A. Overview. Theoretical foundations.

B. Literature. Group articles by ideas. For a given idea, first discuss common

strands in the literature, then departures.

D. Hypotheses (Mainly in Quantitative studies). For each, give brief

restatement of justification tied to earlier sections; explain derivation and

implications. Explicitly state plausible rival hypotheses (explanations of

process) of a substantive nature.

E. Scope of the study. Theoretical assumptions; discuss limitations they

impose.

Chapter 3: RESEARCH METHODOLOGY.

A. Introduction. General description of method and design.

B. Design. Experiment, quasi-experiment, survey, exploratory, case studies and

so forth. Detailed description.

C. Data collection tools (e.g. interviews, observation, questionnaires etc)

D. Sampling method. Universe, population, element, sample design,

probability.

E. Ethical approach to research.

F. Analysis. Techniques to be used; justification (necessary and sufficient).

G. Methodological assumptions. Discuss limitations they impose.

EDU731-1: Dissertation 1

Chapter 4: RESULTS AND FINDINGS

A: Discussion of Research Results

B: Re-assessment of research questions or hypotheses

C. Summary

Chapter 5: CONCLUSION

A: Conclusion (summary of findings/results)

B. Implication for future research

C. Distinctive contribution

APPENDICES

REFERENCE LIST/BIBLIOGRAPHY

Please note: The outline is proposed and it could be modified according to the

needs of each study (e.g. mixed methods design, quantitative study or

qualitative study). You could access the additional readings suggested before

you decide the structure of your own study.

References th

Babbie, E. R. (2010). The Practice of Social Research (12 ed). Belmont, CA: Wadsworth Cengage.

Bell, J. (2014). Doing Your Research Project: A guide for first-time researchers.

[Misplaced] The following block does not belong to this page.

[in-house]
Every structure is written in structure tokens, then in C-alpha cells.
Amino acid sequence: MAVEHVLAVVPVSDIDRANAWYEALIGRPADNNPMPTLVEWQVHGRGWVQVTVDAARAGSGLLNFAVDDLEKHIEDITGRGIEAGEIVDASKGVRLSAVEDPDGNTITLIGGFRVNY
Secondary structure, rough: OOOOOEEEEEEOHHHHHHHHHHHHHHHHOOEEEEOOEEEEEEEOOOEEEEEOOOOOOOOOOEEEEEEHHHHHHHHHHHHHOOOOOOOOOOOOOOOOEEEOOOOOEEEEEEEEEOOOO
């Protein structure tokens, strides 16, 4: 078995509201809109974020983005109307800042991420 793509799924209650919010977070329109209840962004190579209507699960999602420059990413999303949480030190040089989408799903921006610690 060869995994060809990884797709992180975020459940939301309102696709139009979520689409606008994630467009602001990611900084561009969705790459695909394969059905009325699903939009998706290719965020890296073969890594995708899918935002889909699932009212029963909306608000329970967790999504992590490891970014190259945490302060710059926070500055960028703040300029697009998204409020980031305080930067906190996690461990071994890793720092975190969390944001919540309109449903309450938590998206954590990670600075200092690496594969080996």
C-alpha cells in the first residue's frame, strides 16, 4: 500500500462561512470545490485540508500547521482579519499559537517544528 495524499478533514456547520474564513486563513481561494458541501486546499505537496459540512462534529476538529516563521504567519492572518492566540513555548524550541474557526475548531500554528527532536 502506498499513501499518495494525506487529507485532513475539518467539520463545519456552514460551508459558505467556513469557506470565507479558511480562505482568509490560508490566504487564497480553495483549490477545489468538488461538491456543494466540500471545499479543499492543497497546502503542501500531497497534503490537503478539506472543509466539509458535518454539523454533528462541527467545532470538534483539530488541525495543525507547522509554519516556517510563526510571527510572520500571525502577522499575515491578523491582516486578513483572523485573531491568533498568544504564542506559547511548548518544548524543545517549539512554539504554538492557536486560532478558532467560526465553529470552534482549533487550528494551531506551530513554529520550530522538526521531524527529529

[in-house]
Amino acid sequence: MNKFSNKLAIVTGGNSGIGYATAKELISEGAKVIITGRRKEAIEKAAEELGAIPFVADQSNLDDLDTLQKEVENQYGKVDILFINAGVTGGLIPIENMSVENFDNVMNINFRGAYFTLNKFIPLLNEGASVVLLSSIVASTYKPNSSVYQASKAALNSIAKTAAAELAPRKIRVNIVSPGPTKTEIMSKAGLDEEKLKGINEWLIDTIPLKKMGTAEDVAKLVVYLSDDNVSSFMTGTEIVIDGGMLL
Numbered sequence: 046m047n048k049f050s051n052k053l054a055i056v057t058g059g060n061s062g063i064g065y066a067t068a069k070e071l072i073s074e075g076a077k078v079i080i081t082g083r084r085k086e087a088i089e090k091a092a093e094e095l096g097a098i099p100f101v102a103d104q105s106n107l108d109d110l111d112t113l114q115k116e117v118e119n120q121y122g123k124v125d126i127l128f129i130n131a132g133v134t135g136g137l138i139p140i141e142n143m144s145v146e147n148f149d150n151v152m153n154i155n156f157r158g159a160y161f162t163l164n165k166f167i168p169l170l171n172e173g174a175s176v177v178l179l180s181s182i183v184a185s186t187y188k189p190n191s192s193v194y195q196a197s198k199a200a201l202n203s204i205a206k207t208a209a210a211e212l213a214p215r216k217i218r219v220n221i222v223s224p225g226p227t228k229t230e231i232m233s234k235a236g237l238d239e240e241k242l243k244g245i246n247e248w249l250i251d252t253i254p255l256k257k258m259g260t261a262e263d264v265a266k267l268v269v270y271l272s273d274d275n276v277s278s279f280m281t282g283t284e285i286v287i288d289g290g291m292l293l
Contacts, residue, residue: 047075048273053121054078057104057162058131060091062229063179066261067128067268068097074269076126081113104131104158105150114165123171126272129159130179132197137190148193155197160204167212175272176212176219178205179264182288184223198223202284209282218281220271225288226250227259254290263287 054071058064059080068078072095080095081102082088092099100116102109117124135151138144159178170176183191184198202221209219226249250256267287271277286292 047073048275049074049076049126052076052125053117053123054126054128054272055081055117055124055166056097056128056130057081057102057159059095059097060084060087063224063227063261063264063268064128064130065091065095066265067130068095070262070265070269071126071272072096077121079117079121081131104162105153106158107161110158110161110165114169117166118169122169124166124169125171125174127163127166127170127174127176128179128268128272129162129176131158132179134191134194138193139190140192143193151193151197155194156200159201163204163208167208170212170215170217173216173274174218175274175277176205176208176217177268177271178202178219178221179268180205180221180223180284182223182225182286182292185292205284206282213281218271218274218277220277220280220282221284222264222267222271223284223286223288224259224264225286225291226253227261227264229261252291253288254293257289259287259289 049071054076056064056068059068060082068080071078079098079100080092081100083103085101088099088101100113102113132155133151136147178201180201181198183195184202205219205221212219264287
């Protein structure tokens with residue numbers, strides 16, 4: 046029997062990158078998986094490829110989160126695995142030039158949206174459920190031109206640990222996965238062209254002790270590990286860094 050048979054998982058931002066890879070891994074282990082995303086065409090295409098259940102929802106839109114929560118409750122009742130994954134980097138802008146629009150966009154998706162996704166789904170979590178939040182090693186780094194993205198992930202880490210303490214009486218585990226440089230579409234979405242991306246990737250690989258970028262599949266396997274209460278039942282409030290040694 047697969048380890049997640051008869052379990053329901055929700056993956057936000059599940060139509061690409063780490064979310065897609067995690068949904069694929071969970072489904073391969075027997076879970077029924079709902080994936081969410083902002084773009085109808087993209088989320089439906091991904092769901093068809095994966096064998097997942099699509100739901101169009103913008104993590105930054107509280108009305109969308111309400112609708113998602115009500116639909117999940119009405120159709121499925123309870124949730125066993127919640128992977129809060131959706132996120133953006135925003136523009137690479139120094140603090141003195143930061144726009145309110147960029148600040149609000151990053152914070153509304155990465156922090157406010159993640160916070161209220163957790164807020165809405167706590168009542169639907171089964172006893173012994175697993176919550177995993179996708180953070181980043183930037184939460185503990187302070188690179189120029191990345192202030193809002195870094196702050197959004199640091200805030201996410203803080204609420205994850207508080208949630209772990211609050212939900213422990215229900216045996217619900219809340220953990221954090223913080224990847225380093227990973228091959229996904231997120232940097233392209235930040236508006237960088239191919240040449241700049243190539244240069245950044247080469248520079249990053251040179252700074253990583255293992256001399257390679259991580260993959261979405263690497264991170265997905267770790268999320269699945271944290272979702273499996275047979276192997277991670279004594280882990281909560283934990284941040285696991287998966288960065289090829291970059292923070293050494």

McGraw-Hill Education (UK)

Biggam, J. (2015). Succeeding with your master’s dissertation: a step-by-step

handbook. McGraw-Hill Education (UK)

Johnson, H. (2009). Writing a Quantitative Research Thesis. In International

Journal of Educational Science 1, 19-32.

Krauss, S. E. (2005). Research paradigms and meaning making: A primer. In The

qualitative report, 10(4), 758-770.

Mackenzie, N., & Knipe, S. (2006). Research dilemmas: Paradigms, methods

and methodology. In Issues in educational research, 16(2), 193-205.

Ponterotto, J. G. (2005). Qualitative research in counseling psychology: A

primer on research paradigms and philosophy of science. In Journal of counseling psychology, 52(2), 126.

Scherer, K. R. (2003). Vocal communication of emotion: A review of

research paradigms. In Speech communication, 40(1), 227-256.

Skills you need. Quantitative and Qualitative Research Methods.

  • 1. Introduction
  • Research process
  • Research Paradigms
  • Ontology:
  • Epistemology:
  • Methodology:
  • To summarise:
  • 2. Writing up your dissertation thesis: (Proposed outline of a dissertation thesis, it could be modified accordingly)
  • Chapter 2: LITERATURE REVIEW (to be personalized by the student) (this is why it is important to add some information regarding argumentative structure and critical analysis of information).
  • Chapter 3: RESEARCH METHODOLOGY.
  • Chapter 4: RESULTS AND FINDINGS
  • Chapter 5: CONCLUSION
  • APPENDICES
  • References